The fourth column in this table shows the season averages for these categories for Wisconsin’s major conference opponents (labeled “Major Conference Opponent Averages”). The average shooting percentages and shot distributions of Wisconsin’s major conference opponents were not meaningfully different from a typical major conference team. It stands to reason that Wisconsin’s low opponent effective field goal percentage is not the result of playing against weak offenses.

Wisconsin’s 3 Defensive Keys

Let’s take a deeper look at the three things that reduce Wisconsin’s opponent effective field goal percentage.

1. FG% at the rim. Opponents make 52% of their attempts at the rim against the Badgers. The major conference average for this statistic is 64%. The difference between 52% and 64% shooting on attempts at the rim changes effective field goal percentage by about 4%. Part of Wisconsin’s success at lowering opponent’s shooting percentage at the rim comes from their ability to block shots. Wisconsin is far from the best shot blocking team in the country, but they do manage to block 13% of their opponent’s attempts at the rim. Wisconsin’s opponents make about 59% of their shots at the rim on unblocked shots. This is still a pretty low total, which hints that Wisconsin is doing things beyond blocking shots to reduce opponent’s shooting percentage at the rim.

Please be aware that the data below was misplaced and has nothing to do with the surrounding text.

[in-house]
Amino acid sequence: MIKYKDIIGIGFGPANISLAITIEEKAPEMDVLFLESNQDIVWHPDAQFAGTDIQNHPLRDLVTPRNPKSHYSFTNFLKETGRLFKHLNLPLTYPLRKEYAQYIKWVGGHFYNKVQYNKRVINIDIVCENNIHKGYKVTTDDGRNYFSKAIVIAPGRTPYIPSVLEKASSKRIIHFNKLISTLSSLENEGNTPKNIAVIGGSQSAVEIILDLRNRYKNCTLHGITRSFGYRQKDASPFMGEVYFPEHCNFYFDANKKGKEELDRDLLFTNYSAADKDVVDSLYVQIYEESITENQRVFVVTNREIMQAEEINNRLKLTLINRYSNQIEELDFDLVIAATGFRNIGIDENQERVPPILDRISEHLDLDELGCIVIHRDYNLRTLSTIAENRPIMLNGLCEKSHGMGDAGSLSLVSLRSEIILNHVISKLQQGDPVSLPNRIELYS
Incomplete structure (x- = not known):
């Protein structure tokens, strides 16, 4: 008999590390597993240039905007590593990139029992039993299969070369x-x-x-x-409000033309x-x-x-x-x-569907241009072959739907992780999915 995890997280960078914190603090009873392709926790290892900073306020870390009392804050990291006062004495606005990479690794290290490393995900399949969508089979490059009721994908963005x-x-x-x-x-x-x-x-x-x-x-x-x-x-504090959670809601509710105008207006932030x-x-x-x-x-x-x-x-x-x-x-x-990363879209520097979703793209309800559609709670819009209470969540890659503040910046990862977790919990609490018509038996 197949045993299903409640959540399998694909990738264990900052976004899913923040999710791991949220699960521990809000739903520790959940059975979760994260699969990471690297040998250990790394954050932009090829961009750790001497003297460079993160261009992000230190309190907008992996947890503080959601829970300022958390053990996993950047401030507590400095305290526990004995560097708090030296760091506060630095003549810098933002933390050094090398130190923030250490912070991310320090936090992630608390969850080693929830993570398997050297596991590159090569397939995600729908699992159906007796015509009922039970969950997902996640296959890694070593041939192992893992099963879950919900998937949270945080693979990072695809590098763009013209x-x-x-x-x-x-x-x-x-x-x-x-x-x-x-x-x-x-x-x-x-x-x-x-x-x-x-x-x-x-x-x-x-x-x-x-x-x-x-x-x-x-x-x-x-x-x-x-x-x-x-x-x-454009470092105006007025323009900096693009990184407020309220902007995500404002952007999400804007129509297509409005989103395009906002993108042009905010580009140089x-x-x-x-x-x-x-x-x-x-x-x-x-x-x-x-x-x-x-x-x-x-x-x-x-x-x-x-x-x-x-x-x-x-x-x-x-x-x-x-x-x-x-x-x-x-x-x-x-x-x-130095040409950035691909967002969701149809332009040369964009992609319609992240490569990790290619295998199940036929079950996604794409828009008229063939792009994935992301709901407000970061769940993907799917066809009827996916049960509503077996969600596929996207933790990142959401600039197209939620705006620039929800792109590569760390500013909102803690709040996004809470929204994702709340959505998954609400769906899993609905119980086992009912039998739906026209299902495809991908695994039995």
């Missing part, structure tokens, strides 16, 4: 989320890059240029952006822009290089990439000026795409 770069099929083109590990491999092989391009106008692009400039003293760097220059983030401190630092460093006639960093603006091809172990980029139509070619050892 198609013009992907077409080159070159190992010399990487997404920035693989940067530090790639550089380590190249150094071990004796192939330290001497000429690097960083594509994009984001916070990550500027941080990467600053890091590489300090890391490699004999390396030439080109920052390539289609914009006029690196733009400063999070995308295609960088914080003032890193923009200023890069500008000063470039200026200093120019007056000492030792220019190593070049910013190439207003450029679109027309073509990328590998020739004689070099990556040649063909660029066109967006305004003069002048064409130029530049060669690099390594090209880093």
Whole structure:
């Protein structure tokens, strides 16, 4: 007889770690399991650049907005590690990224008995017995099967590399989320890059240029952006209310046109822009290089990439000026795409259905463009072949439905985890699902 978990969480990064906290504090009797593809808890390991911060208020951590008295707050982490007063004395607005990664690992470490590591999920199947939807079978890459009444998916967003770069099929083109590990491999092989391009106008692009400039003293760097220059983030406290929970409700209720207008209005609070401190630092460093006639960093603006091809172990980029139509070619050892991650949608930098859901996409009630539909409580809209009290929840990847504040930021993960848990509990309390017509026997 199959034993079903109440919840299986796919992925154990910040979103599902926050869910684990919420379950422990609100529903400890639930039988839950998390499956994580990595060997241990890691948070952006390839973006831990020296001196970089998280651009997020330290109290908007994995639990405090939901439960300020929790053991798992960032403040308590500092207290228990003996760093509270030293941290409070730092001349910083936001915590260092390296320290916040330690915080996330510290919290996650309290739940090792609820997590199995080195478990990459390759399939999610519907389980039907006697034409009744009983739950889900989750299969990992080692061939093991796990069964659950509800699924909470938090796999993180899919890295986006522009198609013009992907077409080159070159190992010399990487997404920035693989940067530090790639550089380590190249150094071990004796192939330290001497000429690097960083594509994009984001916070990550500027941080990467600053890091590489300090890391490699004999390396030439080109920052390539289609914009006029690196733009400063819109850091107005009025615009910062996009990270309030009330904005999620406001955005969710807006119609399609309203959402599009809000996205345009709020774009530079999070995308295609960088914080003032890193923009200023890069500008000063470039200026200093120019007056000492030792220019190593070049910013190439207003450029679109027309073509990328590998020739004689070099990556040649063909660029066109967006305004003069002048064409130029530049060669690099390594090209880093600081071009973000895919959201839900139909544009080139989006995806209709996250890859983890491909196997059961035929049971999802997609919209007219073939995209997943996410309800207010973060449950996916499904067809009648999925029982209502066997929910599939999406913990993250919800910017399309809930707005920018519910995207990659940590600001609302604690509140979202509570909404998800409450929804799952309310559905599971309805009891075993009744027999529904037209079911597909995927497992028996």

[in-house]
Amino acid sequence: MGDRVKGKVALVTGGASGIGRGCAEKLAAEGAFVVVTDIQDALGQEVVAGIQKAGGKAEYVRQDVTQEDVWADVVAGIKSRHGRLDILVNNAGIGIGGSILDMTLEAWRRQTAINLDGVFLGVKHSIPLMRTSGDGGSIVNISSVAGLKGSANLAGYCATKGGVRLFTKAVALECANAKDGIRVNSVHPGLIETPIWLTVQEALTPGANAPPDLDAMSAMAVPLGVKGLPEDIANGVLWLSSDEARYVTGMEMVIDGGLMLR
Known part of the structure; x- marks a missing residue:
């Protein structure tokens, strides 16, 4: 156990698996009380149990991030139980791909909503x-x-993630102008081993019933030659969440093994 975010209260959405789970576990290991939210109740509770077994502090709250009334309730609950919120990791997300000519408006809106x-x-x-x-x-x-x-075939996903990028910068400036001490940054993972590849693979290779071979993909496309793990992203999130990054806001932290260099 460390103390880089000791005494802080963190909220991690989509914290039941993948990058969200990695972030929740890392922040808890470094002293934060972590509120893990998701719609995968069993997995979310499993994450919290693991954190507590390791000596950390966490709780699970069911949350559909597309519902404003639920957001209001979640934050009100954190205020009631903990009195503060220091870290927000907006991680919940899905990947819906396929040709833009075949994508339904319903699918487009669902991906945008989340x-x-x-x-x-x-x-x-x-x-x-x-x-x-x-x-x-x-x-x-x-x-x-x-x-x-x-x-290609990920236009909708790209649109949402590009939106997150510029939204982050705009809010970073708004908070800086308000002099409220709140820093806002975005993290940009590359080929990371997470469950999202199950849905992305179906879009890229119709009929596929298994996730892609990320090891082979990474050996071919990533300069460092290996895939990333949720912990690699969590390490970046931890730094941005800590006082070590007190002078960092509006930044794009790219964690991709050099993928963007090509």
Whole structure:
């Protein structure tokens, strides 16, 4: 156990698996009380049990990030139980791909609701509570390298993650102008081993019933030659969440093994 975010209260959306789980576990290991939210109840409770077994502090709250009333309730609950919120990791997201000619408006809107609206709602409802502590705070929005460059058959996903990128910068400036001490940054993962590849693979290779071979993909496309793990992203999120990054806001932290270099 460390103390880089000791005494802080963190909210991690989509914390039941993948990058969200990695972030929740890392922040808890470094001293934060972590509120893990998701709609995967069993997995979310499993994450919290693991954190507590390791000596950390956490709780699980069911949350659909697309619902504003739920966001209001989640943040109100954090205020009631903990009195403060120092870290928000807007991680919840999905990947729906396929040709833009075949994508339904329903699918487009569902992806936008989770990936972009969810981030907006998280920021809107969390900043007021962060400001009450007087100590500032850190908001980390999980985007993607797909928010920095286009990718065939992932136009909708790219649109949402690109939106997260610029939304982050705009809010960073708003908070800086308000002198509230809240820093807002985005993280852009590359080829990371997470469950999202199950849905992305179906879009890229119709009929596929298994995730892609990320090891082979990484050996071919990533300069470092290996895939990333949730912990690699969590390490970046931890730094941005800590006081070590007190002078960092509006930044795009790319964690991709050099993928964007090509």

2. Three point shooting percentage. Wisconsin’s opponents shoot only 28% from three point range. The difference between 28% and the major conference average of 34% amounts to a difference in effective field goal percentage of a bit less than 4% for a team that allows the shot distribution that Wisconsin allows. Recent work by Ken Pomeroy suggests that it is potentially hazardous to read too much into opponent three point shooting percentage. With so few three point attempts being taken, there can be a lot of noise in the data. Noise or not, this low three point percentage is a significant factor in producing the low effective field goal percentage of Wisconsin opponents.

3. % of FGA taken from three point range. Wisconsin’s opponents have taken only 24% of their field goal attempts from three point range this season, compared with the division one average of 34%. As a result of this, Wisconsin’s opponents end up shooting two point jump shots on 43% of their attempts. Running shooters off the three point line is always a good play for the defense. Most college basketball teams shoot pretty similar percentages on two point jump shots and three point jump shots; the major conference average shooting percentages on these two types of shots are almost the same. By reducing opponent three point attempts in the way that they do, Wisconsin shaves about 1% off of their effective field goal percentage.